In conclusion, compared to non-RAP, shorter LOS in hospitals and lower scores including Ranson, BISAP, SOFA, and APACHEII were found in RAP patients. Three independent factors associated with RAP, namely male gender, diabetes, and HTG, were identified. Further studies with more clinical features and a larger population should be conducted to explore effective management of RAP occurrences.

Financial support and sponsorship

This manuscript was supported by the Sanitation and Health Committee Foundation of Hunan Province, China (No. 20200075).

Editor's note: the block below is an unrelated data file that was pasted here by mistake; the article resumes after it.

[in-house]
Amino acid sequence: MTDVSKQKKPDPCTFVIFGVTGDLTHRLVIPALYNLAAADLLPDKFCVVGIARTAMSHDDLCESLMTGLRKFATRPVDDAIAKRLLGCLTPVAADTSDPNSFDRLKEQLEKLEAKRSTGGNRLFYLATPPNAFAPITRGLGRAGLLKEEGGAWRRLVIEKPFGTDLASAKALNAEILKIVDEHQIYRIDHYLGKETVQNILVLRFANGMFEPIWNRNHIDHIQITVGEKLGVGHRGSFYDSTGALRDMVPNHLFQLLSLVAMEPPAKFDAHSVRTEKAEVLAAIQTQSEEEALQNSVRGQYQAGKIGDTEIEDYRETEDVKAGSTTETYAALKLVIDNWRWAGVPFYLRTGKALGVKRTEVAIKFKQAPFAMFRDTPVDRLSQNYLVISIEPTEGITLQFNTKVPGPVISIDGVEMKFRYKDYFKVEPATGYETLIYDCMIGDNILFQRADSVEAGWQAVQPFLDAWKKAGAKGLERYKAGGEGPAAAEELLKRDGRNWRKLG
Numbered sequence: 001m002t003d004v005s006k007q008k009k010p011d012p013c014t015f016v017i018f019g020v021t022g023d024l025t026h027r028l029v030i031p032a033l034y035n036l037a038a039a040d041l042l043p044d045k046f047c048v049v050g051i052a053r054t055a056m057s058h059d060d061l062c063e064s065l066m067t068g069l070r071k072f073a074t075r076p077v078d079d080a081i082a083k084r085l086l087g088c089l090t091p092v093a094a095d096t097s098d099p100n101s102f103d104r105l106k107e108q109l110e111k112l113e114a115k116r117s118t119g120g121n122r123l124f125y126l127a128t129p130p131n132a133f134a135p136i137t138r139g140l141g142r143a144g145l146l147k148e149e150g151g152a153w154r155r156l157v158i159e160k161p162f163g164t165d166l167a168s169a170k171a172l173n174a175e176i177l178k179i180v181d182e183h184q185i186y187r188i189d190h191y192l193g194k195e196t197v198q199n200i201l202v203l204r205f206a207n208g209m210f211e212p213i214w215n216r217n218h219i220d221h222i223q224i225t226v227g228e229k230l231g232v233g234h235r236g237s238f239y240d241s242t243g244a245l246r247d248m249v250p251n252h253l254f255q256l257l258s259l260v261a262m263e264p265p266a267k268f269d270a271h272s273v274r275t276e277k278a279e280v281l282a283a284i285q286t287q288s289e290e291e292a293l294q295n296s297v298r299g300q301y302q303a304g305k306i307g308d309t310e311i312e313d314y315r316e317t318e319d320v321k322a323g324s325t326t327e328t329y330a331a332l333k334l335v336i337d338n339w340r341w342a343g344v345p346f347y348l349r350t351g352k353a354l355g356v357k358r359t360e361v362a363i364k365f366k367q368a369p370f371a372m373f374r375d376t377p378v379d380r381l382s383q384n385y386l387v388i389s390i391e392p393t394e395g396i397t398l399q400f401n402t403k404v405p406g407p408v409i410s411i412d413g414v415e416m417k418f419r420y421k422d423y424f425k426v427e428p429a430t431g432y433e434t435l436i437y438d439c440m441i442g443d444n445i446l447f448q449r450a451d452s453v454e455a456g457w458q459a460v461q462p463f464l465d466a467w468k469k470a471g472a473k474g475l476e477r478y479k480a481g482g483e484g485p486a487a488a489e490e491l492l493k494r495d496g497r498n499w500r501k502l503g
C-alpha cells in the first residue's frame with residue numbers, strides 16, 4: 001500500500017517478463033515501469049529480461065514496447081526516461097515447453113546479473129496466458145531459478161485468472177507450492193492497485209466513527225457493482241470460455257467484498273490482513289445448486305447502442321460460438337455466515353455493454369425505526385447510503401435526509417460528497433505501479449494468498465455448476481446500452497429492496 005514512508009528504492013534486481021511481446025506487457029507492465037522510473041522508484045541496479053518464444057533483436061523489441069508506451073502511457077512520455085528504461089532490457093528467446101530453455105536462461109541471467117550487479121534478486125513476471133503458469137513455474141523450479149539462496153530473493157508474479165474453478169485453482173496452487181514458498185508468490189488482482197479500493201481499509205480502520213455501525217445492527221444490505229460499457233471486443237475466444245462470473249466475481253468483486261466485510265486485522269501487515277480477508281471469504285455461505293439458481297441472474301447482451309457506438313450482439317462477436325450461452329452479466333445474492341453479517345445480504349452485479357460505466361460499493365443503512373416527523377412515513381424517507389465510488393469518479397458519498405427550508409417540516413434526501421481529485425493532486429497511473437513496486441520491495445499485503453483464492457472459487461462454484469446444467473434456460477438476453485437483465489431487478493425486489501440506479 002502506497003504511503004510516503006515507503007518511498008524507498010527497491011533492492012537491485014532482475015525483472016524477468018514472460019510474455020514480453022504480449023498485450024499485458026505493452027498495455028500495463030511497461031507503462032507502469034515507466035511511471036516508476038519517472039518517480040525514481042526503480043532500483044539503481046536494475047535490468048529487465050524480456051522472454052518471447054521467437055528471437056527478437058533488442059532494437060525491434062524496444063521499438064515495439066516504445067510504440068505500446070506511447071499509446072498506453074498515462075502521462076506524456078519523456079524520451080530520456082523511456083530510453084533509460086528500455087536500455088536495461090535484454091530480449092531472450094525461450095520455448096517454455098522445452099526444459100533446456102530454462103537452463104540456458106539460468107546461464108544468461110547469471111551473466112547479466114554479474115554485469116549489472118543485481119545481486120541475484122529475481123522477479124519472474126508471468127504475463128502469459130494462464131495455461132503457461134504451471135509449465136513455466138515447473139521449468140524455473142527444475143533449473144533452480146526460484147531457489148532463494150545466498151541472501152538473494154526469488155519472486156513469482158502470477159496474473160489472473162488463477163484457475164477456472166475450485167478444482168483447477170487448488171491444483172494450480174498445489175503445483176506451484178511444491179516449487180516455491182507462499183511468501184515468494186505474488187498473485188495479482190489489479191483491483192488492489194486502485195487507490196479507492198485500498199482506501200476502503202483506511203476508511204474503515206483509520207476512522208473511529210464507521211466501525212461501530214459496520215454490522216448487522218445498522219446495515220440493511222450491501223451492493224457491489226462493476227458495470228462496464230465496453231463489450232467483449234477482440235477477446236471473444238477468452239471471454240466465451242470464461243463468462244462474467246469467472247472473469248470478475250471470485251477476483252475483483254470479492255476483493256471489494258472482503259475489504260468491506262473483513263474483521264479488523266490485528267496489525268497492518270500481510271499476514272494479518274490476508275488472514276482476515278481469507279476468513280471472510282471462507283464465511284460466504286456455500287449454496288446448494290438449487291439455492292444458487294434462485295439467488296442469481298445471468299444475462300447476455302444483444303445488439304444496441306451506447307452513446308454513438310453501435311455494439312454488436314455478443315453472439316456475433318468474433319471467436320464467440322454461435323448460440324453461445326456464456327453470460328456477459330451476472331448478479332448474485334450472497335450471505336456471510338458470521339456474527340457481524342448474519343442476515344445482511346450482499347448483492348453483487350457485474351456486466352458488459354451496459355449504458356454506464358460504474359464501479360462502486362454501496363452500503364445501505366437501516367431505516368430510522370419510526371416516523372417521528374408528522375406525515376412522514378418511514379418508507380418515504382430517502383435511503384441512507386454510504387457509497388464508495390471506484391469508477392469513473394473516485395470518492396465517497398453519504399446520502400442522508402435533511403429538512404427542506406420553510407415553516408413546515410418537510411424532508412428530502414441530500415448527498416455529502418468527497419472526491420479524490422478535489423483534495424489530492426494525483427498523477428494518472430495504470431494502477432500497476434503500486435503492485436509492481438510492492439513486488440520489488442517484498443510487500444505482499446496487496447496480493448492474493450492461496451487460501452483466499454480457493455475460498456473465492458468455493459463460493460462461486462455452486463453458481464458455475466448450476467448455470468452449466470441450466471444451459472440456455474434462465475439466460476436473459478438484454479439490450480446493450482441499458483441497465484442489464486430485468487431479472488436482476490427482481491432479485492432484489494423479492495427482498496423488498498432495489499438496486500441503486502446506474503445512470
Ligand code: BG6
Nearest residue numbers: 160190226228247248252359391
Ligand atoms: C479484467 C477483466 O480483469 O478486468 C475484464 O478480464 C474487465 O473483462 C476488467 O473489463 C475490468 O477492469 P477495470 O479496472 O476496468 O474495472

Conflicts of interest

There are no conflicts of interest.



 
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Correspondence Address:
Dr. Ning Ding
Department of Emergency Medicine, The Affiliated Changsha Central Hospital, Hengyang Medical School, University of South China, NO.161 Shaoshan South Road, Changsha, Hunan, 410004
China
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Source of Support: None, Conflict of Interest: None


DOI: 10.4103/sjg.sjg_324_21